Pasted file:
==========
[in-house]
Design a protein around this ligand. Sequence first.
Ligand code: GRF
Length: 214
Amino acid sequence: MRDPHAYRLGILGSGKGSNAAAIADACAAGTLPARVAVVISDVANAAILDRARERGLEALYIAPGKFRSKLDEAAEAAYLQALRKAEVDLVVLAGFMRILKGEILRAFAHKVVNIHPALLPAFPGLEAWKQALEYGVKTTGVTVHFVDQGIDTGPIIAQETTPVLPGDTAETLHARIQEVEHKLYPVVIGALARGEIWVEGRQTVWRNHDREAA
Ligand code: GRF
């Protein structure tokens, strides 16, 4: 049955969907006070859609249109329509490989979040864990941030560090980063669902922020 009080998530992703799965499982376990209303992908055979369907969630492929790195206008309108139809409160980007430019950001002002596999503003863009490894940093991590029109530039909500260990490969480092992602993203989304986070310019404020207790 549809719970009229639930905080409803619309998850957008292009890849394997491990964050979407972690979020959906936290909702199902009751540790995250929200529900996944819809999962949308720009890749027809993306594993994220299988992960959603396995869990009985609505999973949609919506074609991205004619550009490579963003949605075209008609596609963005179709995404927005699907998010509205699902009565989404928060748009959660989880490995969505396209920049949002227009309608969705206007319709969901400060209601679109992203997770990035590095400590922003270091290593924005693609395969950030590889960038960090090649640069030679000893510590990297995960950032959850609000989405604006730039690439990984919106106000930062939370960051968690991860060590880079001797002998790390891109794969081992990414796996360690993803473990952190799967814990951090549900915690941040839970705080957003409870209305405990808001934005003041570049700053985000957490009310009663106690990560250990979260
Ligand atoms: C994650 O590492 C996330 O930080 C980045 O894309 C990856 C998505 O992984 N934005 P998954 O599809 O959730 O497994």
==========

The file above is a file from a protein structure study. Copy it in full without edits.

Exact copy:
[in-house]
Design a protein around this ligand. Sequence first.
Ligand code: GRF
Length: 214
Amino acid sequence: MRDPHAYRLGILGSGKGSNAAAIADACAAGTLPARVAVVISDVANAAILDRARERGLEALYIAPGKFRSKLDEAAEAAYLQALRKAEVDLVVLAGFMRILKGEILRAFAHKVVNIHPALLPAFPGLEAWKQALEYGVKTTGVTVHFVDQGIDTGPIIAQETTPVLPGDTAETLHARIQEVEHKLYPVVIGALARGEIWVEGRQTVWRNHDREAA
Ligand code: GRF
């Protein structure tokens, strides 16, 4: 049955969907006070859609249109329509490989979040864990941030560090980063669902922020 009080998530992703799965499982376990209303992908055979369907969630492929790195206008309108139809409160980007430019950001002002596999503003863009490894940093991590029109530039909500260990490969480092992602993203989304986070310019404020207790 549809719970009229639930905080409803619309998850957008292009890849394997491990964050979407972690979020959906936290909702199902009751540790995250929200529900996944819809999962949308720009890749027809993306594993994220299988992960959603396995869990009985609505999973949609919506074609991205004619550009490579963003949605075209008609596609963005179709995404927005699907998010509205699902009565989404928060748009959660989880490995969505396209920049949002227009309608969705206007319709969901400060209601679109992203997770990035590095400590922003270091290593924005693609395969950030590889960038960090090649640069030679000893510590990297995960950032959850609000989405604006730039690439990984919106106000930062939370960051968690991860060590880079001797002998790390891109794969081992990414796996360690993803473990952190799967814990951090549900915690941040839970705080957003409870209305405990808001934005003041570049700053985000957490009310009663106690990560250990979260
Ligand atoms: C994650 O590492 C996330 O930080 C980045 O894309 C990856 C998505 O992984 N934005 P998954 O599809 O959730 O497994």